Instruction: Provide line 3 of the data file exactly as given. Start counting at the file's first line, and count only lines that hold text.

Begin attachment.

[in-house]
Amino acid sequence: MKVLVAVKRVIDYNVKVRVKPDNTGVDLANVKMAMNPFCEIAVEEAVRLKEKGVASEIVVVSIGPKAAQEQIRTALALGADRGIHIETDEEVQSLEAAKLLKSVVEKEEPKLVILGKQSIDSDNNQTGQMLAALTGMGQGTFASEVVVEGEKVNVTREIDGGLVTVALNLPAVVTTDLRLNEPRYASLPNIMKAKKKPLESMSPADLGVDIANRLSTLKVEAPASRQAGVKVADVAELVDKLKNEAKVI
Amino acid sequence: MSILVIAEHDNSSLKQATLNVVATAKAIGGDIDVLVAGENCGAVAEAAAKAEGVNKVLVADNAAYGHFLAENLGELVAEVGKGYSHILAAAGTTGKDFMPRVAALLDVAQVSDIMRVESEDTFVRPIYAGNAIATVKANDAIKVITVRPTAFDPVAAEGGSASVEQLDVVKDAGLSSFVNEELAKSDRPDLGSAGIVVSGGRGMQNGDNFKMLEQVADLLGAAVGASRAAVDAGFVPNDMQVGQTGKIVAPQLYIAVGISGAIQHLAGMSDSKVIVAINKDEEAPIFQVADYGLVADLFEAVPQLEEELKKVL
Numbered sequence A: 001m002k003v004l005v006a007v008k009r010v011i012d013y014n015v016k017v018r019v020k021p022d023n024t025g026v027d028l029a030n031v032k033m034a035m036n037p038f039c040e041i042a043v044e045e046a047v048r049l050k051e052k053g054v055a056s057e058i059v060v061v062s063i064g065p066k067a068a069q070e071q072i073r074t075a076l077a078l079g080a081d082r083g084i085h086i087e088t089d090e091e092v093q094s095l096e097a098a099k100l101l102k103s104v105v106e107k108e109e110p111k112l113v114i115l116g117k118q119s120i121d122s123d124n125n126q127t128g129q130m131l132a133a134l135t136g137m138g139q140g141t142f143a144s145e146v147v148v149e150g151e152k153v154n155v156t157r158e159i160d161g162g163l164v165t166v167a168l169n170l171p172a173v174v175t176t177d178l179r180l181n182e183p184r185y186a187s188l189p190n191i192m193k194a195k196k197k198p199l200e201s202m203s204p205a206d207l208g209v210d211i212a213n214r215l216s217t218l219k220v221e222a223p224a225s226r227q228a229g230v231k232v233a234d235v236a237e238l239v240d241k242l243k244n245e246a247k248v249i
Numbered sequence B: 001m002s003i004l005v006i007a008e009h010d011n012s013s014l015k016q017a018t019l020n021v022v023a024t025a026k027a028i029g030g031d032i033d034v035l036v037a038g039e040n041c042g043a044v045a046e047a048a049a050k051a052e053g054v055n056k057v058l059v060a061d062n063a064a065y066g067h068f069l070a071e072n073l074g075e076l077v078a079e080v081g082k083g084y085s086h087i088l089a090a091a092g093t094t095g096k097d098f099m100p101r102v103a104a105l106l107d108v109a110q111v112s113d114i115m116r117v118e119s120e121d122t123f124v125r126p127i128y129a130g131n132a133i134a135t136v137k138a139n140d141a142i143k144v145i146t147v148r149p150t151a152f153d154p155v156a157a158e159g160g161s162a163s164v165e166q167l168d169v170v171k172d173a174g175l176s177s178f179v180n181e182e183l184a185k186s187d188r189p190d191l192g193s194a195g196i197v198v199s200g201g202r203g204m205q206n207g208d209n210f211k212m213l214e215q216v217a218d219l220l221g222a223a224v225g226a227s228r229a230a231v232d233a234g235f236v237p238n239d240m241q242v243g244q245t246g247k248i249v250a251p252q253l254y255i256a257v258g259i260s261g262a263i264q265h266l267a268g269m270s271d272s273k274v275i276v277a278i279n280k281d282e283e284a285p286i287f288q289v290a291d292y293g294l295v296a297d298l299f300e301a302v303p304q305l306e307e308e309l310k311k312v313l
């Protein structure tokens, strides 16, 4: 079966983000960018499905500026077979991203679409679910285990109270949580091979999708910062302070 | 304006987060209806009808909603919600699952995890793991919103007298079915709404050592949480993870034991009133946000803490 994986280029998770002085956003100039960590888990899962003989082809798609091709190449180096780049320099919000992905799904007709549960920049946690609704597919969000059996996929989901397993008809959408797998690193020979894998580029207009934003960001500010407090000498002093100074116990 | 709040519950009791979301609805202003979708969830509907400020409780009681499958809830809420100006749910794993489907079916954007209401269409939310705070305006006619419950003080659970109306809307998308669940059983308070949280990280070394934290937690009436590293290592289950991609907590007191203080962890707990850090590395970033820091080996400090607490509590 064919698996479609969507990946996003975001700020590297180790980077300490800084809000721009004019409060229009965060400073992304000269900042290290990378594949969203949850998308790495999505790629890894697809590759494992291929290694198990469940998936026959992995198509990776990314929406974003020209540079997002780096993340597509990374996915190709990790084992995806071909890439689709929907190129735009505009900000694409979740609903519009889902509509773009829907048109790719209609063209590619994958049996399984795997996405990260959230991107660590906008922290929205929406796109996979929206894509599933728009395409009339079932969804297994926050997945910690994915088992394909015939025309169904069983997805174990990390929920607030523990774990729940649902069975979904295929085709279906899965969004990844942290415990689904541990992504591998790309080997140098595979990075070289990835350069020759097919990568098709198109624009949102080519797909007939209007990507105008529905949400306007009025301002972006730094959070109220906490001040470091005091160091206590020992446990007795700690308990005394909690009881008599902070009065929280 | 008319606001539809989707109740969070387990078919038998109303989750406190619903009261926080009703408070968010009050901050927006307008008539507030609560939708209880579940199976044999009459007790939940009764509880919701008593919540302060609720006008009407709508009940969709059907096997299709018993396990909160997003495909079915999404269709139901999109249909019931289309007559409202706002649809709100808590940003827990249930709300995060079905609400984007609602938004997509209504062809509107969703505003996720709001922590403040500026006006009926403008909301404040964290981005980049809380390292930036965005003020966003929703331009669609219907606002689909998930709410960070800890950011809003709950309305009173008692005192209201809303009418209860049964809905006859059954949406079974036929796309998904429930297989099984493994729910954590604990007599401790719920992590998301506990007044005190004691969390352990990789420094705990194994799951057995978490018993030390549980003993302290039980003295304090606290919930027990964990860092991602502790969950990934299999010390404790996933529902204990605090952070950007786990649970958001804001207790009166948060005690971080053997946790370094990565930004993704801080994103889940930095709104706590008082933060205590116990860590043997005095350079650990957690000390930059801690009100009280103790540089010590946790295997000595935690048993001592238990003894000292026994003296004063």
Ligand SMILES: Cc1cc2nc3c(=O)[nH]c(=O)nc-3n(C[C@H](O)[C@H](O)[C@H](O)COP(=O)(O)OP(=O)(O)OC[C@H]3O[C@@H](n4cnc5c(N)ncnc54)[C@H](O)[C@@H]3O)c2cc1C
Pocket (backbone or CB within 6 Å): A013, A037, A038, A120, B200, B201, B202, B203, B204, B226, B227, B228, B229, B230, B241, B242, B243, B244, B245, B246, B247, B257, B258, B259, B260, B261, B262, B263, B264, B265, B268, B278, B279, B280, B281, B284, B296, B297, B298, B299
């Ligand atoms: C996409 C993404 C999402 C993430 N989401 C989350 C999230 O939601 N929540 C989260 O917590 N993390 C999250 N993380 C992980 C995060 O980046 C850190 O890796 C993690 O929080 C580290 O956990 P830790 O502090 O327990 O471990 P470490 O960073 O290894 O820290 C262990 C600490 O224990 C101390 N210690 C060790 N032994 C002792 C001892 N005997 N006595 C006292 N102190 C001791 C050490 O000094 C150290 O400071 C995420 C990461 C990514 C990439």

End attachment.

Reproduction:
Amino acid sequence: MSILVIAEHDNSSLKQATLNVVATAKAIGGDIDVLVAGENCGAVAEAAAKAEGVNKVLVADNAAYGHFLAENLGELVAEVGKGYSHILAAAGTTGKDFMPRVAALLDVAQVSDIMRVESEDTFVRPIYAGNAIATVKANDAIKVITVRPTAFDPVAAEGGSASVEQLDVVKDAGLSSFVNEELAKSDRPDLGSAGIVVSGGRGMQNGDNFKMLEQVADLLGAAVGASRAAVDAGFVPNDMQVGQTGKIVAPQLYIAVGISGAIQHLAGMSDSKVIVAINKDEEAPIFQVADYGLVADLFEAVPQLEEELKKVL